In the news / Drug Discovery

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Regents Professor Emeritus and UArizona CBC faculty Dr. Victor Hruby, is one of two university academics being honored as National Academy of Inventors Fellows, the highest professional distinction awarded to academic inventors. Known as a world leader in peptide research as it relates to health, disease and human behavior, Dr. Hruby holds more than 50 issued patents, and is dedicated to answering challenging research questions and then translating those discoveries to the public via intellectual property protection and commercial pathways.
 
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An inflammatory protein may play a part against the spread of sexually transmitted genital herpes virus in the nervous system, a new study says. The findings could help lead to improved treatment of herpes, according to the researchers at the University of Arizona College of Medicine-Phoenix.
 
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Dr. Louise Hecker, research lead for a College of Medicine – Tucson lab studying highly selective Nox4 small molecule inhibitors for the treatment of fibrotic disorders, was selected to receive the Innovator of the Year Award in the academia category at the annual Governor's Celebration of Innovation Awards.
 
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To better understand biological processes, researchers at the University of Arizona have developed new materials for detecting radioisotopes that provide faster and higher resolution results than today’s generally accepted methods. These materials were developed by a team of researchers including the BIO5 Institute's Dr. Craig Aspinwall professor in the UA Departments of Chemistry and Biochemistry, Biomedical Engineering, and also a member of the Cancer Center and Sarver Heart Center at the UA College of Medicine – Tucson.
 
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A team of UA researchers, including COM-T professor and BIO5 member Dr. Rajesh Khanna, are developing a compound that would be used as an alternative to opioids in treating the pain of chemotherapy. The opioids currently prescribed by doctors have many side effects and can be easily abused by patients. This alternative painkillers being developed bypass many of these issues and could be instrumental in ending the current opiate abuse health crisis.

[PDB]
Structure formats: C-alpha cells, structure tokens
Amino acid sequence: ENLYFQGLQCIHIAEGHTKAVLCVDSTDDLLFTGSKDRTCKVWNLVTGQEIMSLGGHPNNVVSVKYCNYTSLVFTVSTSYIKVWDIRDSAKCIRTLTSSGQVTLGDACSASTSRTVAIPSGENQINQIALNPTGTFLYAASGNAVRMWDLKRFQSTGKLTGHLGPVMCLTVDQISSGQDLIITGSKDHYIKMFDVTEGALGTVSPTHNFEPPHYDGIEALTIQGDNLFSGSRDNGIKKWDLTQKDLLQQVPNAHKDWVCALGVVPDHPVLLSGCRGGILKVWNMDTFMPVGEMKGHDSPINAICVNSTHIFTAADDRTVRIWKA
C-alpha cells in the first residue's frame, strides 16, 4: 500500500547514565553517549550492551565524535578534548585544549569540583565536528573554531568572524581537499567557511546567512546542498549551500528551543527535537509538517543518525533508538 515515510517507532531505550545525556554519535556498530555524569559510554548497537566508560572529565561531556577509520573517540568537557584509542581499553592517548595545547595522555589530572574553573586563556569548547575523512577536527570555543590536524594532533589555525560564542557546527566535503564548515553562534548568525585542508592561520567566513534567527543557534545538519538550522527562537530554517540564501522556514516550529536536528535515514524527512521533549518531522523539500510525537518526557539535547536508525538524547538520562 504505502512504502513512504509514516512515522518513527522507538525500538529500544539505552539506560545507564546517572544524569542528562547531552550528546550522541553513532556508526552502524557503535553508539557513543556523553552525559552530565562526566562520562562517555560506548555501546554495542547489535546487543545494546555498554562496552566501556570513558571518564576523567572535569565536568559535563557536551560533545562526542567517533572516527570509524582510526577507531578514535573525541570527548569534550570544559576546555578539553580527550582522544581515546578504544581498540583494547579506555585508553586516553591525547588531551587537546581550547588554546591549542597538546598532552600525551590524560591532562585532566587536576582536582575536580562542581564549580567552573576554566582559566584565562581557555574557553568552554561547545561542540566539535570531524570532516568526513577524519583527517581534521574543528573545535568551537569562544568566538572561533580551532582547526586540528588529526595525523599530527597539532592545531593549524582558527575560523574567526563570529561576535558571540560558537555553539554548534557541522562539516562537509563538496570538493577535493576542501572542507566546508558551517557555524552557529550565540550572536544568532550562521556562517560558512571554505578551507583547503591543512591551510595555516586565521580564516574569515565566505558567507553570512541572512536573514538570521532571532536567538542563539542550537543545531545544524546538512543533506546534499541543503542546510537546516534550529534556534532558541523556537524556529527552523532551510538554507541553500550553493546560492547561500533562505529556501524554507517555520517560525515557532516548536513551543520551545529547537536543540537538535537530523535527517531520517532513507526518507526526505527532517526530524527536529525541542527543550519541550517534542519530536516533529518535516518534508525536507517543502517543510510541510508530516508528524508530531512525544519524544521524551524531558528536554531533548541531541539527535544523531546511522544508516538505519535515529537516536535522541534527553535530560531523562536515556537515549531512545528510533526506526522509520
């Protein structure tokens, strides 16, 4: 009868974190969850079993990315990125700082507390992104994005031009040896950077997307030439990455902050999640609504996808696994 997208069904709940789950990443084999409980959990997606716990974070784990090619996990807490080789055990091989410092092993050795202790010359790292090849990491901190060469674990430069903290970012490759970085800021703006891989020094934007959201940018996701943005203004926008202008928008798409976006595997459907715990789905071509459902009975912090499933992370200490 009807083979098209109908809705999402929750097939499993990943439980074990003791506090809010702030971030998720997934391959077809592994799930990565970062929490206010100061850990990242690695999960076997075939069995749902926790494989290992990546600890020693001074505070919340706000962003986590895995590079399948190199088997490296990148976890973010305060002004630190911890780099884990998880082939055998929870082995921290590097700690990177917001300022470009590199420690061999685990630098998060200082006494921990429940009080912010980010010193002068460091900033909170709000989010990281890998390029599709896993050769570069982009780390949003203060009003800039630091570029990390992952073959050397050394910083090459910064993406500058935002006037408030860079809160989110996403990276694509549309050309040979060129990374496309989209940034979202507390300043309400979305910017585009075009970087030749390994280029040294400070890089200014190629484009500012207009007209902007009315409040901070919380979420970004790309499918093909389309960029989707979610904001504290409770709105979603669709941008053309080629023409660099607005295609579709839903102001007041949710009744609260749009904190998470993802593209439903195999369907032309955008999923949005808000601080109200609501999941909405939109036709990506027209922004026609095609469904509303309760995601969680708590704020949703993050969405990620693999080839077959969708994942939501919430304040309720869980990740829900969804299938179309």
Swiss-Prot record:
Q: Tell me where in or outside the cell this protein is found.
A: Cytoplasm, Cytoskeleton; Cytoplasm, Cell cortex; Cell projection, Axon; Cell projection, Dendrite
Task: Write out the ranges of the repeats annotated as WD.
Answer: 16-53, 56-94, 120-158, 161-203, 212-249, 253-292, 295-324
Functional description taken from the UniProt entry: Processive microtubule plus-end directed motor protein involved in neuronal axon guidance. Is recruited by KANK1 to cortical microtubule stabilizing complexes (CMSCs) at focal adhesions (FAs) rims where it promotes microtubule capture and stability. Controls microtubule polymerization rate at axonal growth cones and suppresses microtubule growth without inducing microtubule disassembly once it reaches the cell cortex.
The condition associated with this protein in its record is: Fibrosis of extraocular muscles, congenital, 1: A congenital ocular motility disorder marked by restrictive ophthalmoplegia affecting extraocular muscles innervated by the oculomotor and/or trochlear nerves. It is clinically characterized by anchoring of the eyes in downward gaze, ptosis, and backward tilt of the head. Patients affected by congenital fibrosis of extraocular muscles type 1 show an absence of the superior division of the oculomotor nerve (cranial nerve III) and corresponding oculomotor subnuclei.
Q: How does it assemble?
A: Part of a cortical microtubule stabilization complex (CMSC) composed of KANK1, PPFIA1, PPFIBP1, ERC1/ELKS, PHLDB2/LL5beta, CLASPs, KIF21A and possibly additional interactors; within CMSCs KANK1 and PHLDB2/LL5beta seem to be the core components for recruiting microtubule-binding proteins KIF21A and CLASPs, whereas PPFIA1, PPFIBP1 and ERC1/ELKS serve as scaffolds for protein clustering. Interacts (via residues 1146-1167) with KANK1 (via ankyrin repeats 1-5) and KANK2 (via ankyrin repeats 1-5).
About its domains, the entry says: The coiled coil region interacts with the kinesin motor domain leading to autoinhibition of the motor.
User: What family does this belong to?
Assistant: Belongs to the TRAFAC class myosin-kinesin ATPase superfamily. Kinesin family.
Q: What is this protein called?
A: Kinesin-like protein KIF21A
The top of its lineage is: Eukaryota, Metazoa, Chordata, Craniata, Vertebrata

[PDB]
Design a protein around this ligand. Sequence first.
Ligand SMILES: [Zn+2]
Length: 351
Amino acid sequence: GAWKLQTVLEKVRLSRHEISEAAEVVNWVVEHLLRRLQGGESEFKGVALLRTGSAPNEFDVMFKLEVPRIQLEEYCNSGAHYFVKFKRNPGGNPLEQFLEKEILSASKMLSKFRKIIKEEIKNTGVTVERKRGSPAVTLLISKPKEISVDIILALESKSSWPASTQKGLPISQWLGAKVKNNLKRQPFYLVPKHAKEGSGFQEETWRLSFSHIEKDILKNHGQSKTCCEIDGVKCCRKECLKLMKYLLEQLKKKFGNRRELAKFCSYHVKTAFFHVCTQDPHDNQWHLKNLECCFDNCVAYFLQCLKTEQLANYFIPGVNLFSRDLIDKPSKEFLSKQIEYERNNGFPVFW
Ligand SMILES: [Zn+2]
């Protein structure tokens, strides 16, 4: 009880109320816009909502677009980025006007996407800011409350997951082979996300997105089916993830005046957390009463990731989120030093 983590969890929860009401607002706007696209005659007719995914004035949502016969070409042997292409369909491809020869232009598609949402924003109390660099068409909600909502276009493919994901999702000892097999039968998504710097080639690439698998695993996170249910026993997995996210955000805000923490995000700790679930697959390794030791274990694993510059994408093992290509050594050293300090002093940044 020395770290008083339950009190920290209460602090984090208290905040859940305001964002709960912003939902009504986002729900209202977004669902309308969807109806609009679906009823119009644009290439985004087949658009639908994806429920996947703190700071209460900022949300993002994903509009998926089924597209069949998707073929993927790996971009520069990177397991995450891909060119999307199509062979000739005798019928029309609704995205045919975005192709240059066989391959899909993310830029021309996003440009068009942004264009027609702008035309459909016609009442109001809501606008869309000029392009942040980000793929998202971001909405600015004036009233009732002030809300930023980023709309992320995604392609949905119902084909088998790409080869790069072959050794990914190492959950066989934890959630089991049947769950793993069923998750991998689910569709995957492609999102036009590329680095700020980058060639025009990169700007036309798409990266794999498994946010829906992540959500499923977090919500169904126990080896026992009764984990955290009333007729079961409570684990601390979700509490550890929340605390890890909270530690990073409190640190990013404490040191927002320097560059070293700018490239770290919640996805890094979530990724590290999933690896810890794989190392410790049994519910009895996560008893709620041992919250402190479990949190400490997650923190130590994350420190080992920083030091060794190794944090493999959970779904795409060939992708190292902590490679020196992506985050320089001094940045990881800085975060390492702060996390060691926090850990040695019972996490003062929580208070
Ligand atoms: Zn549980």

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A group of UAHS researchers including BIO5 members Drs. Rick Schnellmann, Roberta Brinton, Todd Vanderah, Monica Kraft, Scott Boitano, Andrew Capaldi, Michael Worobey, Louise Hecker, and Julie Ledford participated in the “Discovering New Medicines in Arizona” one-day summit, hosted by the AZ Center for Drug Discovery and the UA Cancer Center. The event sought to highlight key areas of research that seek to treat diseases prevalent in Arizona while establishing collaborations that enable success for future research and discoveries.
 
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Leading experts including UA Pharmacology and Toxicology assistant professor and BIO5 member Dr. Jun Wang, say understanding how the influenza virus replicates inside the body helps researchers develop a wider range of antiviral drugs. After finding medication resistant mutations within multiple flu viruses, Dr. Wang and other research teams across the globe, are looking to develop new drugs to target them.
 
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Dr. Irving Kron, a BIO5 member, professor of surgery with the UA College of Medicine - Tucson, and senior associate vice president for UA Health Sciences, has been named the new contact principal investigator (PI) for the UA Health Sciences and Banner Health 'All of Us' research program and precision medicine initiative. In his new role, Dr. Kron will lead the multiple UA and Banner Health established PI leadership teams, which include a team led by fellow BIO5 member Dr. Eric Reiman.
 
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A team led by The BIO5 Institute's Roberta Diaz Brinton, PhD, director of the Center for Innovation in Brain Science, received the multi-million dollar grant from the National Institute on Aging. The five-year grant will fund a national multi-site Phase 2 clinical trial to determine the effectiveness of allopregnanalone, or allo, as a treatment for individuals with early-stage Alzheimer’s who carry the genetic risk factor for the disease. This award supports the goals of the National Alzheimer’s Project Act.